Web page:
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In February 2020 I was at Distillery Creek Picnic Area and heard Yellow-tailed Black Cockatoos in the trees.

High up, were perched a male and a young one, while nearby a female methodically tore bark from a rather distressed ironbark tree.


I watched her for nearly an hour as she ripped large pieces of bark away in a pattern of rectangles rotating up the tree.


Yellow-tailed Black Cockatoos feed on larvae, in this case, of the Longicorn Beetle. The adult beetles live under the bark or on the trunk, and the grubs tunnel into the wood. These beetles don’t kill healthy trees, but invade vulnerable specimens.

The cockatoos test the tree for fully grown larvae by pecking at frass (excrement) exit holes. They tap the tree near the exit holes and listen for a solid sound to indicate the grub is present. If it sounds hollow, they move on. This cockatoo bit along the top and bottom of the rectangle then ripped the bark off. It’s amazing what neat patches she tore away and how she knows not to ringbark the tree.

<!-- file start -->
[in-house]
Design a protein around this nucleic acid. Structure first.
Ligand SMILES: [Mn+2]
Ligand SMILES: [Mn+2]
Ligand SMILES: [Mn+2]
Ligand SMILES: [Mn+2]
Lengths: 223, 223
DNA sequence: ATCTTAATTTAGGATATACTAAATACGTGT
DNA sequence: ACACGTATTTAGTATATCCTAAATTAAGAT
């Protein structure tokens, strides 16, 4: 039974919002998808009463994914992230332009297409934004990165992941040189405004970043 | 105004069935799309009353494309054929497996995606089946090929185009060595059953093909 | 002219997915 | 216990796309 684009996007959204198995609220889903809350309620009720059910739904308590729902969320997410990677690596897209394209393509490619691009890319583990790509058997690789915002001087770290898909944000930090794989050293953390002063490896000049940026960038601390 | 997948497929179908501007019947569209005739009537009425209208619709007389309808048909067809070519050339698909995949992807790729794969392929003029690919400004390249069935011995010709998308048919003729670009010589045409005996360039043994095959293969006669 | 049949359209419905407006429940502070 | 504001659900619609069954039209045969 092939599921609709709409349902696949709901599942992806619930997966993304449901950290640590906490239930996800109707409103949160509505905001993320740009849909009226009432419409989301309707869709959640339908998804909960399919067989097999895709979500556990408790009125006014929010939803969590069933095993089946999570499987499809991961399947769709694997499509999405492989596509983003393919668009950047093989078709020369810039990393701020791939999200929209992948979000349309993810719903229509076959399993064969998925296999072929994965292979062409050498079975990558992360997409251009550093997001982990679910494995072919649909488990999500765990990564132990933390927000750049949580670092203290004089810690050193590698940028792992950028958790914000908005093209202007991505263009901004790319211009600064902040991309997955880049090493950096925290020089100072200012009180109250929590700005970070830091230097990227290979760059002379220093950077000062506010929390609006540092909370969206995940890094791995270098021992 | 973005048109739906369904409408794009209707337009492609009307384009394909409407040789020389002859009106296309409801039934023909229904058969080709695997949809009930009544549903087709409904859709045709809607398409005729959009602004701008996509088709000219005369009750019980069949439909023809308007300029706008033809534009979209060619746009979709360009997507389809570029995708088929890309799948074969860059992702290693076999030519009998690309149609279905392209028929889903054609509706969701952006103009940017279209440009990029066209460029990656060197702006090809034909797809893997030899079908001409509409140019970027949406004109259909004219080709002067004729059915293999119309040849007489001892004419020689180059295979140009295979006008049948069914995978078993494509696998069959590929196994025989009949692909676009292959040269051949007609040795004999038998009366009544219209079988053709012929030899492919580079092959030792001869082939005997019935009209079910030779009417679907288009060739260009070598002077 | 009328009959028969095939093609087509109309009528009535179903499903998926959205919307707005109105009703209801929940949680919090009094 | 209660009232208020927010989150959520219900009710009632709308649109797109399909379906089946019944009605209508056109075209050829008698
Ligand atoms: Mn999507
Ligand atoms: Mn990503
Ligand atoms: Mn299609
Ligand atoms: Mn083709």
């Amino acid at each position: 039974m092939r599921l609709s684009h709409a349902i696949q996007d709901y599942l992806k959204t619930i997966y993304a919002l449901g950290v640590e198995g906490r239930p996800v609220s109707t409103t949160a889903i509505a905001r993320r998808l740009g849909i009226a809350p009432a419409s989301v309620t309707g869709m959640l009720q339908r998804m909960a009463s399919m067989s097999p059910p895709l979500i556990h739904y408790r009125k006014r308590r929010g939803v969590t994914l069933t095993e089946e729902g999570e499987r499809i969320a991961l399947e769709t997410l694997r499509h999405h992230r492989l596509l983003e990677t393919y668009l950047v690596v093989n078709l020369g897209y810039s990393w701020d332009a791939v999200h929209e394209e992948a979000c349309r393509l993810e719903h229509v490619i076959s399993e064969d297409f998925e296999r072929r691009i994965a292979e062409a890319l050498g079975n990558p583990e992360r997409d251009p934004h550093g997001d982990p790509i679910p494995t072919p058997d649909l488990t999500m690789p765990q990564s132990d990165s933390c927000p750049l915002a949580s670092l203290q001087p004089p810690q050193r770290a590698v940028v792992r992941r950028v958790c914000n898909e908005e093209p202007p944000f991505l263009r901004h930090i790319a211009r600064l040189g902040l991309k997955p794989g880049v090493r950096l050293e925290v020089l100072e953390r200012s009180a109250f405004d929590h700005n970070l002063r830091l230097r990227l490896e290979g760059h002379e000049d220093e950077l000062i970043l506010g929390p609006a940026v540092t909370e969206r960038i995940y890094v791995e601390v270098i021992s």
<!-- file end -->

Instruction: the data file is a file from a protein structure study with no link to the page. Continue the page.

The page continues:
She flew to a nearby branch and ate the large larva like an ice cream.


She didn’t offer it to the male or juvenile, and they didn’t make any effort to take it from her. She ate at least two in the hour I was watching. You can see a little more information about ‘Predation of Cossid Moth Larvae by Yellow-Tailed Black Cockatoos’ in the synopsis of this publication Although the article speaks about different moths and larvae, the general information about Yellow-tailed Black Cockatoos’ larvae foraging is of interest.

More recently in my garden during the lockdown I observed a Grey Currawong regurgitating pellets of undigested food into the bird bath.

You may have noticed red pellets around the base of your birdbath, or spreading out in the water. Over time the colour fades and the seeds remain. Currawongs are notorious for spreading weeds such as Boneseed and Ivy.

Thanks to John Lenagan for additional information about moths and larvae.

Margaret Lacey